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Trump chooses veteran diplomat Sullivan to be envoy to Russia

John J. Sullivan (U.S. Department of State/Flickr)

This article was originally published by Radio Free Europe/Radio Liberty and is reprinted with permission.

U.S. President Donald Trump says he has chosen Deputy Secretary of State John Sullivan to be Washington’s next ambassador to Moscow.

If Sullivan, the No. 2 person at the State Department, is confirmed by the Senate, he will replace Jon Huntsman, who resigned in August amid speculation that he will run for the governorship in his home state of Utah.

Sullivan would assume the important role amid a spike in tensions between Washington and Moscow over issues including Russia’s involvement in the conflict in Ukraine, its alleged meddling in the 2016 U.S. presidential election, and its support for Syrian President Bashar al-Assad in that country’s civil war.

Sullivan has held senior positions in the Justice, Defense, and Commerce departments in the administrations of both President George H.W. Bush and his son, President George W. Bush.

Sullivan was mentioned in testimony on October 11 by former U.S. Ambassador to Kyiv Marie Yovanovitch as part of the Democrats’ impeachment inquiry into Trump over his dealings with Ukraine.

Yovanovitch said Sullivan was the one who told her that that she was being recalled from her post earlier than scheduled. She said Trump had been pressuring the State Department to remove her since the summer of 2018. She left Ukraine in May.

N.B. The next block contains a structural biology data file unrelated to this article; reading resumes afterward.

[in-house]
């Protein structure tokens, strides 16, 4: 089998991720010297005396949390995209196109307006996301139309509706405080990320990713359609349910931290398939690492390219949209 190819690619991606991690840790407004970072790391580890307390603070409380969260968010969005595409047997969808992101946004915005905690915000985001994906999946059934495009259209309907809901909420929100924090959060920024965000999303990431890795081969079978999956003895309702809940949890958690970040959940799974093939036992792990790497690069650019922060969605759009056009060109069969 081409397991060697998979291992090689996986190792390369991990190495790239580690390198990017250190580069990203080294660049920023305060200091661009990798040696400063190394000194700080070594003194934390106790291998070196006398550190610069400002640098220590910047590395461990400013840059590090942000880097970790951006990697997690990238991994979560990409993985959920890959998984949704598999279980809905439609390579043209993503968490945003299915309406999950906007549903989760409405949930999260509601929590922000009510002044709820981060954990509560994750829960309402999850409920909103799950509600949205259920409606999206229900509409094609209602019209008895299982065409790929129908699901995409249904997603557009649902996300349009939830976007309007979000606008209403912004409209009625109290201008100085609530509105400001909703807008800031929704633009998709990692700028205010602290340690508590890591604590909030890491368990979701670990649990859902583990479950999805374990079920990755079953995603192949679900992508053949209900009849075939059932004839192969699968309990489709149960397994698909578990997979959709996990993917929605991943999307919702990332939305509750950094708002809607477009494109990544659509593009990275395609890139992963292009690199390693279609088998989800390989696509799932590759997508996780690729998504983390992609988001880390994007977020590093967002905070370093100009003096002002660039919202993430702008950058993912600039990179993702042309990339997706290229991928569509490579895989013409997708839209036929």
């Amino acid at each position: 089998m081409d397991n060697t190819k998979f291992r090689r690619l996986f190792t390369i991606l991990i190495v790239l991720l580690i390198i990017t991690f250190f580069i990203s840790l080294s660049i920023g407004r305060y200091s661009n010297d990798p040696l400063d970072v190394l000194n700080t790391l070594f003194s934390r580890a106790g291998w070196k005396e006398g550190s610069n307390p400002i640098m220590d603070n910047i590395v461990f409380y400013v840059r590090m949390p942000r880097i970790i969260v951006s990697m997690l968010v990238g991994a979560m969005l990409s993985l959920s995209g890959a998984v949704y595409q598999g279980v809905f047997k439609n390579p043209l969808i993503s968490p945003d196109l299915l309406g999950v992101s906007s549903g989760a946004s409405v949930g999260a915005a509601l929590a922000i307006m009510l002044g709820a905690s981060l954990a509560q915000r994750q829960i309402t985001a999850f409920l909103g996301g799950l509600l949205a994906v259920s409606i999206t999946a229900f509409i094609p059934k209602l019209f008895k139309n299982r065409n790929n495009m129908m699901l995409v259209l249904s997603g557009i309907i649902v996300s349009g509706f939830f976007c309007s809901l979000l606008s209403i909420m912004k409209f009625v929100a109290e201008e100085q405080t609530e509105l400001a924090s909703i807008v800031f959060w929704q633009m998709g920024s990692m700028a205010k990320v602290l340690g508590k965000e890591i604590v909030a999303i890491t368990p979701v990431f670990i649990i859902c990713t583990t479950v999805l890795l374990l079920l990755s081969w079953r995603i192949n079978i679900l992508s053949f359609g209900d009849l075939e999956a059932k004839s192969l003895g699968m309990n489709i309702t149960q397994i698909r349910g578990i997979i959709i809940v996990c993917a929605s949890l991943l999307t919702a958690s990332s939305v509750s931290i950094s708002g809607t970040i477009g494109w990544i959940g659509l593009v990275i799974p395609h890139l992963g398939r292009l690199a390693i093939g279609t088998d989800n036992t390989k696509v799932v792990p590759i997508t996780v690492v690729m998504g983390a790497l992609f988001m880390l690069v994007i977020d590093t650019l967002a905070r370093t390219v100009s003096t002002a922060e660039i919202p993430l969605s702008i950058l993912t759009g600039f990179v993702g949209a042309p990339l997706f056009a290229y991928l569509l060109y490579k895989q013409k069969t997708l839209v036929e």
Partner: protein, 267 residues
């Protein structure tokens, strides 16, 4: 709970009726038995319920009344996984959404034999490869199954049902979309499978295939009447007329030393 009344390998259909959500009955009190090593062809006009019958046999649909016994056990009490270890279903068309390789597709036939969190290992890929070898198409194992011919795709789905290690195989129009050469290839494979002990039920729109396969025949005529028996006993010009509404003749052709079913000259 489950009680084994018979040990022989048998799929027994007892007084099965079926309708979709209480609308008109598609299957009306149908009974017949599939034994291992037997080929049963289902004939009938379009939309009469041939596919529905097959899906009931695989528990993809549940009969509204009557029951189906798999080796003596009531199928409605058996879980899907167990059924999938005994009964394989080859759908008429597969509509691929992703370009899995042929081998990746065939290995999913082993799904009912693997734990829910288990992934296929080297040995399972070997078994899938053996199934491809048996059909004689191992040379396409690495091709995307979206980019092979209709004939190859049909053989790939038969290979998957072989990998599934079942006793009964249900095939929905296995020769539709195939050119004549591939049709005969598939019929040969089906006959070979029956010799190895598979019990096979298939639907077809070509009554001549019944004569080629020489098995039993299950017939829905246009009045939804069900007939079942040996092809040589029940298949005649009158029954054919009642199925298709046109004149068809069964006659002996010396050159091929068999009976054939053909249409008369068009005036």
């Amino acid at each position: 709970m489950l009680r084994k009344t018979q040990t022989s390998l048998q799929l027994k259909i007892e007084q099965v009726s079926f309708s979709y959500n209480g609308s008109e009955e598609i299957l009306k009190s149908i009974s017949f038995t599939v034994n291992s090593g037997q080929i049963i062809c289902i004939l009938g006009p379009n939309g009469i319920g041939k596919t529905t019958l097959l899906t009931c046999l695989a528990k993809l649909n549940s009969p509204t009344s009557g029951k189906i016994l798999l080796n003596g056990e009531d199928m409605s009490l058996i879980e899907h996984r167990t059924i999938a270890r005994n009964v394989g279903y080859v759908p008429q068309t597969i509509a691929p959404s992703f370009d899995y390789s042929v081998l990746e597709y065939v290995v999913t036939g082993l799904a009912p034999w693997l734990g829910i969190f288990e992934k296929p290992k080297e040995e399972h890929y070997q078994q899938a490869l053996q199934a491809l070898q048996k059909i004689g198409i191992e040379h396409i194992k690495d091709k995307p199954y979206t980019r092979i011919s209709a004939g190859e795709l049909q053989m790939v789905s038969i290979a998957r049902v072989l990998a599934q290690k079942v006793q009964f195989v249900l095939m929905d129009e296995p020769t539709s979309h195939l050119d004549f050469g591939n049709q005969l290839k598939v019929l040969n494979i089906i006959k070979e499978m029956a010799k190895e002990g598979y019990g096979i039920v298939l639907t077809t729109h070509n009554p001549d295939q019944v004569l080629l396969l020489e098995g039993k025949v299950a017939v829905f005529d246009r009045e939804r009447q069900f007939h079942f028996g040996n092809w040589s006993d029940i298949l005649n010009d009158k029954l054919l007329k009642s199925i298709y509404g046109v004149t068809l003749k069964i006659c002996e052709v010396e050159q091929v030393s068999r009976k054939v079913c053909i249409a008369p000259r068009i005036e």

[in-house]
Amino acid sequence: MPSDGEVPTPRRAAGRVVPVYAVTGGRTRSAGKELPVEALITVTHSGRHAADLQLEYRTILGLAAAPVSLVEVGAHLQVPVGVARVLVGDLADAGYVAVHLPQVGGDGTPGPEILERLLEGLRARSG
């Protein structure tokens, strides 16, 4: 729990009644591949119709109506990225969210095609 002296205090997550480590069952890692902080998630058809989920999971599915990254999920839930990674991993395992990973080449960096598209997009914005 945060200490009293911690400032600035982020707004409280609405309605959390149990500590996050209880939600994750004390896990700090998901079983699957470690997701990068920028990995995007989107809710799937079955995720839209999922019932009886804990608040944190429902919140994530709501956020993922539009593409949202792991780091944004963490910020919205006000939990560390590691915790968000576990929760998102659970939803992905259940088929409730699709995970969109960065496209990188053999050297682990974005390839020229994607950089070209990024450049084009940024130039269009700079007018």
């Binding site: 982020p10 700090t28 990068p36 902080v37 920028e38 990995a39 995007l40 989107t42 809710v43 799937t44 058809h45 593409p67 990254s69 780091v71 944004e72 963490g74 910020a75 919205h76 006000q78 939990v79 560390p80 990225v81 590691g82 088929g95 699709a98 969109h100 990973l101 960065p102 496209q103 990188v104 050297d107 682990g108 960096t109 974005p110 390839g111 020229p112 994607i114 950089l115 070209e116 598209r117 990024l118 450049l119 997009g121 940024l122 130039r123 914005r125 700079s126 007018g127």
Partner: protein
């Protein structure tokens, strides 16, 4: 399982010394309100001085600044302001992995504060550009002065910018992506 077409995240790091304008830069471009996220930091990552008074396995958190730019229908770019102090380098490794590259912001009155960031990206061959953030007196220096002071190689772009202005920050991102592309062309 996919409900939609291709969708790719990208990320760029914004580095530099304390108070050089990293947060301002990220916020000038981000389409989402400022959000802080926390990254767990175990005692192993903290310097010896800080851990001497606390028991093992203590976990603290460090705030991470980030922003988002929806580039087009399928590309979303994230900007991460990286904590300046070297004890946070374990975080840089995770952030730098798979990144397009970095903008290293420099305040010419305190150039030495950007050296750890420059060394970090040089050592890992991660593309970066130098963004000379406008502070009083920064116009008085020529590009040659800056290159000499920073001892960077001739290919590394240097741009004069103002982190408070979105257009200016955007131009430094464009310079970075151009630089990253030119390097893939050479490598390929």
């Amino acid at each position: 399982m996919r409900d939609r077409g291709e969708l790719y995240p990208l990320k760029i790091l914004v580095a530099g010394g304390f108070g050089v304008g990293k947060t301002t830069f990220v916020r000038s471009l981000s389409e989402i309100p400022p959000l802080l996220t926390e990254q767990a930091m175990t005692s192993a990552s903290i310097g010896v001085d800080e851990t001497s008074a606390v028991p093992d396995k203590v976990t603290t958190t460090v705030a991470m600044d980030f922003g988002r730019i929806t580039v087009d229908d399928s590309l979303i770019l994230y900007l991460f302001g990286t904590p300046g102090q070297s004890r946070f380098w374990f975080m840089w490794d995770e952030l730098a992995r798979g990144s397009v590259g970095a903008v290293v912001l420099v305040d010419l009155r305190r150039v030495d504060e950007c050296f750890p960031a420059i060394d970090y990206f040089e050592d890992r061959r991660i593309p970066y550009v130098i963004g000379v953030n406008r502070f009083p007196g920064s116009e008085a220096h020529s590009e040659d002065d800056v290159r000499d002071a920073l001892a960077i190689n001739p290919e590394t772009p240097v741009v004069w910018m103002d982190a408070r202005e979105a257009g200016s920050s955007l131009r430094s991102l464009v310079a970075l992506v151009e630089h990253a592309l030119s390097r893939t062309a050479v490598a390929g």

Trump said in August that he was considering Sullivan for the Russia post. He had also been considered for the position of White House national-security adviser, but that post went to Robert O’Brien, the former U.S. special envoy for hostage affairs.

A career diplomat since 1990, the 59-year-old Sullivan has served in posts in Ukraine, the U.S. mission to the European Union, South Korea, and Honduras.

During the confirmation hearings for his State Department job, Sullivan said he would take a hard line on Russia and called for a “robust” response to Moscow’s “intrusion into our democracy,” referring to U.S. intelligence agencies’ conclusion that Russia meddled in the 2016 presidential election through secret social media campaigns and other methods.

He was confirmed by the Senate during that process by a 94-6 vote, indicating that he will likely have little troubling winning confirmation for the new role.